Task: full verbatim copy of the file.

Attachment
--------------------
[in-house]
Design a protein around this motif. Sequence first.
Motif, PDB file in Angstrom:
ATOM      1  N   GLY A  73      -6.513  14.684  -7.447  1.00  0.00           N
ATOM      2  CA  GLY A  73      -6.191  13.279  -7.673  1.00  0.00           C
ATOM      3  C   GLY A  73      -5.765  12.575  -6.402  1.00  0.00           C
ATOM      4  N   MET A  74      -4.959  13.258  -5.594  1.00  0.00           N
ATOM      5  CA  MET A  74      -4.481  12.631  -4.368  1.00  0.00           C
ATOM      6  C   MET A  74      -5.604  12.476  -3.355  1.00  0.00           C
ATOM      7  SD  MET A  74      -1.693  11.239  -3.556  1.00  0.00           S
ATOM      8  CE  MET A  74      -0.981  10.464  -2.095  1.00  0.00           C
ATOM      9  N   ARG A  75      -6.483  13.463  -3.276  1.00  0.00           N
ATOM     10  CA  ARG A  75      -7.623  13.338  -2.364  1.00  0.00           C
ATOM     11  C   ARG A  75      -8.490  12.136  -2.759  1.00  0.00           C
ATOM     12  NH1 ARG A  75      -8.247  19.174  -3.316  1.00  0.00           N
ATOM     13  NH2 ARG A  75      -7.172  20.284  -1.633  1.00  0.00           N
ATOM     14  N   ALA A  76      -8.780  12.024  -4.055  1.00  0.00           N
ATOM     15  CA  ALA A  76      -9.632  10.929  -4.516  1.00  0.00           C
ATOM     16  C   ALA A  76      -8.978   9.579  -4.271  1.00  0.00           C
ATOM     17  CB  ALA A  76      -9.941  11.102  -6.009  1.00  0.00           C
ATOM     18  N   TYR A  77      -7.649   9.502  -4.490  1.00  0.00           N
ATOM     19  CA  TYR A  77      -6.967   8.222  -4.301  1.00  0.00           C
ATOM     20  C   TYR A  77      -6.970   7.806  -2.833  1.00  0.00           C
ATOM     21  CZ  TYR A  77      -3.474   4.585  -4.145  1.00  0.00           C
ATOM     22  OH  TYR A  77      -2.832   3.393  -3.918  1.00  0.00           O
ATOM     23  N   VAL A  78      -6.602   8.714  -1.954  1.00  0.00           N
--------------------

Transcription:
[in-house]
Design a protein around this motif. Sequence first.
Motif, PDB file in Angstrom:
ATOM      1  N   GLY A  73      -6.513  14.684  -7.447  1.00  0.00           N
ATOM      2  CA  GLY A  73      -6.191  13.279  -7.673  1.00  0.00           C
ATOM      3  C   GLY A  73      -5.765  12.575  -6.402  1.00  0.00           C
ATOM      4  N   MET A  74      -4.959  13.258  -5.594  1.00  0.00           N
ATOM      5  CA  MET A  74      -4.481  12.631  -4.368  1.00  0.00           C
ATOM      6  C   MET A  74      -5.604  12.476  -3.355  1.00  0.00           C
ATOM      7  SD  MET A  74      -1.693  11.239  -3.556  1.00  0.00           S
ATOM      8  CE  MET A  74      -0.981  10.464  -2.095  1.00  0.00           C
ATOM      9  N   ARG A  75      -6.483  13.463  -3.276  1.00  0.00           N
ATOM     10  CA  ARG A  75      -7.623  13.338  -2.364  1.00  0.00           C
ATOM     11  C   ARG A  75      -8.490  12.136  -2.759  1.00  0.00           C
ATOM     12  NH1 ARG A  75      -8.247  19.174  -3.316  1.00  0.00           N
ATOM     13  NH2 ARG A  75      -7.172  20.284  -1.633  1.00  0.00           N
ATOM     14  N   ALA A  76      -8.780  12.024  -4.055  1.00  0.00           N
ATOM     15  CA  ALA A  76      -9.632  10.929  -4.516  1.00  0.00           C
ATOM     16  C   ALA A  76      -8.978   9.579  -4.271  1.00  0.00           C
ATOM     17  CB  ALA A  76      -9.941  11.102  -6.009  1.00  0.00           C
ATOM     18  N   TYR A  77      -7.649   9.502  -4.490  1.00  0.00           N
ATOM     19  CA  TYR A  77      -6.967   8.222  -4.301  1.00  0.00           C
ATOM     20  C   TYR A  77      -6.970   7.806  -2.833  1.00  0.00           C
ATOM     21  CZ  TYR A  77      -3.474   4.585  -4.145  1.00  0.00           C
ATOM     22  OH  TYR A  77      -2.832   3.393  -3.918  1.00  0.00           O
ATOM     23  N   VAL A  78      -6.602   8.714  -1.954  1.00  0.00           N